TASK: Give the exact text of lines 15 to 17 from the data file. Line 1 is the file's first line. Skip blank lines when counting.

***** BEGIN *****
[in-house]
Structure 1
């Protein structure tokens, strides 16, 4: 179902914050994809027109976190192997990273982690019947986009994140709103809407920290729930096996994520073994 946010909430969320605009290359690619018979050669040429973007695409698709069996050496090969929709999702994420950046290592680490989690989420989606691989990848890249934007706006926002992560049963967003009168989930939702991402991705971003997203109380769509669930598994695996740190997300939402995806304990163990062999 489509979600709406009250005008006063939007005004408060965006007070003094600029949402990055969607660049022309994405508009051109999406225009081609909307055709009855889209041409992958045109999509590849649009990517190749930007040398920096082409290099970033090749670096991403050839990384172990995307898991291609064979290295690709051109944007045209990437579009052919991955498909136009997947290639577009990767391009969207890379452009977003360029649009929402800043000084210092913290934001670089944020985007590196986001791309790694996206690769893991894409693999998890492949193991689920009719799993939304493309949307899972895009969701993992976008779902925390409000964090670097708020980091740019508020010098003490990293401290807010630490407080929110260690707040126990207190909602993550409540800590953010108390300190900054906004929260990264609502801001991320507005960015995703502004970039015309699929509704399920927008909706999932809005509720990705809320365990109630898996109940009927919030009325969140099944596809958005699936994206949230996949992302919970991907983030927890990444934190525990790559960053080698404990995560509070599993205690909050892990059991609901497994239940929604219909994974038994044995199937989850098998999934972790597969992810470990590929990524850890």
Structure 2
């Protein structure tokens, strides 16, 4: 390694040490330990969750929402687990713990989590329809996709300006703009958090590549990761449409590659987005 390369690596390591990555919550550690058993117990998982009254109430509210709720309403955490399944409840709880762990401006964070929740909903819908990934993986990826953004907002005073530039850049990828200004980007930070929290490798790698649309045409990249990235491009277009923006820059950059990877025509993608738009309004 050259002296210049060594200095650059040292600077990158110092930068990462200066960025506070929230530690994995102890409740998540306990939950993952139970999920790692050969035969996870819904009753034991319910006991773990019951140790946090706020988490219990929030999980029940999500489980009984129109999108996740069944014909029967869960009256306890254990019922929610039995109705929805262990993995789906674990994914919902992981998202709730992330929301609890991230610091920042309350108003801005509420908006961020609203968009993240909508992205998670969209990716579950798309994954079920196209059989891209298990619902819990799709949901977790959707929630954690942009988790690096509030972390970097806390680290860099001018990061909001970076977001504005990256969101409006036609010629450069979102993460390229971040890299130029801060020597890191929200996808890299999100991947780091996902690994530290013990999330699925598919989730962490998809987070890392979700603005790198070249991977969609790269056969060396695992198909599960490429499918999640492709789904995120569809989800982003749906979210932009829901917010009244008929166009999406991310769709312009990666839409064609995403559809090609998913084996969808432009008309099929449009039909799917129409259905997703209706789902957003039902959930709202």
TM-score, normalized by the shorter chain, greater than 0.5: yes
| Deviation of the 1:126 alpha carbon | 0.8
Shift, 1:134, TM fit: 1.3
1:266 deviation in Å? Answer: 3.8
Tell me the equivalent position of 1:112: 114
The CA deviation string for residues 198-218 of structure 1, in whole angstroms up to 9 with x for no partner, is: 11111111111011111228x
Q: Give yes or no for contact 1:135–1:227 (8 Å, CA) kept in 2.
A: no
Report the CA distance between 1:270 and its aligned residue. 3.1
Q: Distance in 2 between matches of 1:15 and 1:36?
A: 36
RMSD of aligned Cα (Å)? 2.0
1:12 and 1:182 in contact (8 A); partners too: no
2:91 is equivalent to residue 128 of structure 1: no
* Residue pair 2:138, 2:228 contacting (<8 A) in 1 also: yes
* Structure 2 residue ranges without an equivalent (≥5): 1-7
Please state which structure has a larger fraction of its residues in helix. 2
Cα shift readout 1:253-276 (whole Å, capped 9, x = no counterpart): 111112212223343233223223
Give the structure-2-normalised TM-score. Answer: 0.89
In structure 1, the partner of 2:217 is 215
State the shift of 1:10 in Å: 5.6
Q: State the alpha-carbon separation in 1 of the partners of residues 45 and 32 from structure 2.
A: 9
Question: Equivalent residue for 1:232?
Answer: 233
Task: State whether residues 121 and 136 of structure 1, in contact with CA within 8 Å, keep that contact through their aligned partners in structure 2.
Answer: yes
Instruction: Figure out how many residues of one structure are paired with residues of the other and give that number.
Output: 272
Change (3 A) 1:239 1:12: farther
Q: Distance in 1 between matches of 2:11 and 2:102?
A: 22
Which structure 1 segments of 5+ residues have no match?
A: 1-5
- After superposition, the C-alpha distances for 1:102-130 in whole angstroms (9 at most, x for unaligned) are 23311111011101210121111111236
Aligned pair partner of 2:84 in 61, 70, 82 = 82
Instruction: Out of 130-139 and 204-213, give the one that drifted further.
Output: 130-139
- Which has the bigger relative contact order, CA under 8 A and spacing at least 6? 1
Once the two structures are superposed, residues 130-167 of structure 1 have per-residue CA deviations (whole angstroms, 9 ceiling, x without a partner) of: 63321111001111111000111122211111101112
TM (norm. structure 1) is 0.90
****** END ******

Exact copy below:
Q: Distance in 2 between matches of 1:15 and 1:36?
A: 36
RMSD of aligned Cα (Å)? 2.0